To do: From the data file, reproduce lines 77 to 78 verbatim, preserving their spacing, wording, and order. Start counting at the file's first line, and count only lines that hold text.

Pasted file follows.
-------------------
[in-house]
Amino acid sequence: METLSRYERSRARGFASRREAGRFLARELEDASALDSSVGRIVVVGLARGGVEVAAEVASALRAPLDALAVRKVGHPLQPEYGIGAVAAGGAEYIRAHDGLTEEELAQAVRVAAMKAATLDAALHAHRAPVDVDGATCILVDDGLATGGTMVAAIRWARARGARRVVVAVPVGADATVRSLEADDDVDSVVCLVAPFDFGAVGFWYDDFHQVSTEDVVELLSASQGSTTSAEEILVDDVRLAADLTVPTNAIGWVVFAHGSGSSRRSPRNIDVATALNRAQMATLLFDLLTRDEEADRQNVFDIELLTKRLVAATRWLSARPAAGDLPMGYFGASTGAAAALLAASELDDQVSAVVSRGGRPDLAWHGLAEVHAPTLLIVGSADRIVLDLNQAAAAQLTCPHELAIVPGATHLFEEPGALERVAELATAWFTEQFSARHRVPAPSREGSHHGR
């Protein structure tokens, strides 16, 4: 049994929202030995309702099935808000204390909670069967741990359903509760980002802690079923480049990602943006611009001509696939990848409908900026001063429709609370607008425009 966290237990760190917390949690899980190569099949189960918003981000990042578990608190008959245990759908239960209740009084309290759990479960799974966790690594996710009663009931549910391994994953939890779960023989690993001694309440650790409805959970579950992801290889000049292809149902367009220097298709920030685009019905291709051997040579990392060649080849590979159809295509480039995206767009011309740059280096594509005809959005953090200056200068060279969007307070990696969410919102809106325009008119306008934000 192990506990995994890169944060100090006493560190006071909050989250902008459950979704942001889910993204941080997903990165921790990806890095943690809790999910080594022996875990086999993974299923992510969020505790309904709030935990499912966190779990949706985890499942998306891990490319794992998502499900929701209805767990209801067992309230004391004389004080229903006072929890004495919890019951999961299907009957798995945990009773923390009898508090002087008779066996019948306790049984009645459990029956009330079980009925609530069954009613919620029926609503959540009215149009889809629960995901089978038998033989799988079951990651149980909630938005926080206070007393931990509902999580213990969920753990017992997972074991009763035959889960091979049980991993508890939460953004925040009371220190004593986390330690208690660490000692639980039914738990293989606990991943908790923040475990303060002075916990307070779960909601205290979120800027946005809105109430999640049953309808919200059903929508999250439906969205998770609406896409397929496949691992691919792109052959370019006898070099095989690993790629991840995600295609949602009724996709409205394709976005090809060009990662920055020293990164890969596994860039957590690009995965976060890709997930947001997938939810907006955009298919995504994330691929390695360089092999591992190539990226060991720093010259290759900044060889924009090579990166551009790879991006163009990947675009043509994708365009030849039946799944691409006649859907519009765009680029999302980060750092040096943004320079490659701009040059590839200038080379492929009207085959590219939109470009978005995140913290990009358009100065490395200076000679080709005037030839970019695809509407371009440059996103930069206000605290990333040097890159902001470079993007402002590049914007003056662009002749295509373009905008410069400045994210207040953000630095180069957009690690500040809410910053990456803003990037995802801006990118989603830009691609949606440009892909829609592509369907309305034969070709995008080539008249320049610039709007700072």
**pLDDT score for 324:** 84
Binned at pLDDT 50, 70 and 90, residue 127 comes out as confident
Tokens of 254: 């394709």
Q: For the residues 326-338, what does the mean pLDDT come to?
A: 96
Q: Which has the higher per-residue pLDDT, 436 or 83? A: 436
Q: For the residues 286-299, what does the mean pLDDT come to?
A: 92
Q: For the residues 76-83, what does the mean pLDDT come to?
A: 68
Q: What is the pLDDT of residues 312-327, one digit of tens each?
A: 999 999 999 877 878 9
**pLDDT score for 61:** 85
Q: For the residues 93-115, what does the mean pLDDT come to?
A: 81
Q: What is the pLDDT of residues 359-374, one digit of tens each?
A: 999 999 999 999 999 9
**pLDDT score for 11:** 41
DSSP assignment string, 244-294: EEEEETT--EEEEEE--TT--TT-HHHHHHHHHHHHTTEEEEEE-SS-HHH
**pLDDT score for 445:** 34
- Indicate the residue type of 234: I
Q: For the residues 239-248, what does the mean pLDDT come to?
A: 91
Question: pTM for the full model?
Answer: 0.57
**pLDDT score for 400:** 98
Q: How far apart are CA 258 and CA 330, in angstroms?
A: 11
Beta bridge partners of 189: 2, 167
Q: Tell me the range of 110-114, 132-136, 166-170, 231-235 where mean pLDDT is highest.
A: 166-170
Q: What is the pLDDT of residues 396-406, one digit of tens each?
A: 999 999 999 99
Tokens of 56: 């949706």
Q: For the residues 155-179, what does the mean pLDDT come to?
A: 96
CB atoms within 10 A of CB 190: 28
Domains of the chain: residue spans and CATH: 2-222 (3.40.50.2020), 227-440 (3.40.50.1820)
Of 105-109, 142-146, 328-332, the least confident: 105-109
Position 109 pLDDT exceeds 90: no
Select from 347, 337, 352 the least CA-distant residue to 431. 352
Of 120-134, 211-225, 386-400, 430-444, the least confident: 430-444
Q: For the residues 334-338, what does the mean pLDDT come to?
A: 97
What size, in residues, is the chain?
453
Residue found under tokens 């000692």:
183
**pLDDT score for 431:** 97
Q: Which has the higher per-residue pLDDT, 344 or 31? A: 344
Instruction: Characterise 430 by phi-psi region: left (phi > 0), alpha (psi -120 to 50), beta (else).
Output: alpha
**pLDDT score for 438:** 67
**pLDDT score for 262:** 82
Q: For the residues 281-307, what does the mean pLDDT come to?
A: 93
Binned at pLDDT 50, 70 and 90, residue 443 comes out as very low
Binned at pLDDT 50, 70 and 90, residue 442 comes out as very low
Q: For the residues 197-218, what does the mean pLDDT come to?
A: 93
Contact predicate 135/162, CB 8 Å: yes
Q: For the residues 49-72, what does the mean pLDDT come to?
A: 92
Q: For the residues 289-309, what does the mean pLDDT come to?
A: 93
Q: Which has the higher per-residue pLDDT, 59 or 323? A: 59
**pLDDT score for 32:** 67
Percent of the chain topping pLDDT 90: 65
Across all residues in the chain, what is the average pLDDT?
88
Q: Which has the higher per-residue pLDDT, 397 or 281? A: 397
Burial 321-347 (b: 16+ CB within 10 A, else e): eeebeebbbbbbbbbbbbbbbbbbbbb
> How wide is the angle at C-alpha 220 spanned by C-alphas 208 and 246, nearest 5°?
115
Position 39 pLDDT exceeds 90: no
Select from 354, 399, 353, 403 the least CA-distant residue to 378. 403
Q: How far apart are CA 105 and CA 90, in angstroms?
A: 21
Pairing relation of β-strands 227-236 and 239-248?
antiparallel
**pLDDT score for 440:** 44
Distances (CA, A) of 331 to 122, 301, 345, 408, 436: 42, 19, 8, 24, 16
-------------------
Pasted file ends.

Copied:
115
Position 39 pLDDT exceeds 90: no